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New COVID variant, B.1.640.2, with 46 mutations infects 12 in southern France

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Scientists have issued a red alert following the discovery of yet another new COVID-19 strain in France.

According to the experts, the index case had recently returned from a trip to Cameroon, indicating that it may have originated in the African country.

12 people who lived in the same area tested positive for the virus, but their tests showed a different kind of combination.

An expert group affiliated with a French government-sponsored initiative reported in a preprint report that has not yet been peer-reviewed that they had discovered “46 mutations” in the strain.

The variant has been identified as B.1.640.2.

The presence of the virus was discovered for the first time by specialists at the IHU Mediterranee Infection in Marseille.

Early this month, they revealed on their Twitter account that they had discovered a novel variety in COVID-19 patients from Forcalquier, a town in the Alpes-de Haute-Provence area of France.

The number of new variants being identified on a regular basis is staggering, yet this does not necessarily imply that they are more deadly than Delta or Alpha.

One of the characteristics that distinguish a variant from the original virus is its ability to multiply, which is attributed to the number of mutations it possesses in comparison to the original virus.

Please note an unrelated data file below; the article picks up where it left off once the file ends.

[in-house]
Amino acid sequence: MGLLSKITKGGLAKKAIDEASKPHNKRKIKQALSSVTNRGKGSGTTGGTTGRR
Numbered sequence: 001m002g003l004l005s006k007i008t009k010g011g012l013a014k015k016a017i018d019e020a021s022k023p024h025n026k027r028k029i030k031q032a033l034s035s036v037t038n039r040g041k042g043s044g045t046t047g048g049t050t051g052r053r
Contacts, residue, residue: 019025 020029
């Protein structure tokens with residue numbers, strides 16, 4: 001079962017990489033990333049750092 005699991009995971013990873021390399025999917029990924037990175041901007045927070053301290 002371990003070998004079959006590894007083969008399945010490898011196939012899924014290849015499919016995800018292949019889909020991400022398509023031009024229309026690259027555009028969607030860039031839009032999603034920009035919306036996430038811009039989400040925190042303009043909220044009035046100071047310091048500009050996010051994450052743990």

This is when it turns into a “variant of concern,” like Omicron.

It is currently unclear which category this new variety will fit into.

“SARS-CoV-2 variants have become a major virological, epidemiological and clinical concern, particularly with regard to the risk of escape from vaccine-induced immunity,” according to the study, which was published on December 29.

It comes as France has shortened the isolation period for people who have been vaccinated in an attempt to alleviate the financial and social constraints associated with the outbreak.

Those who have been fully vaccinated who test positive will have their self-isolation times reduced from ten to seven days on Monday – and this can be reduced to five days if the test results are inconclusive.

Health Minister Olivier Véran said: “Unvaccinated people will have to isolate themselves for 10 days, with a possible exit after seven days under the same conditions.

France registered 219,126 new infections on Saturday, making it the sixth country in the world to surpass 10 million total recorded cases of COVID-19, according to the World Health Organization.

Image Credit: Getty

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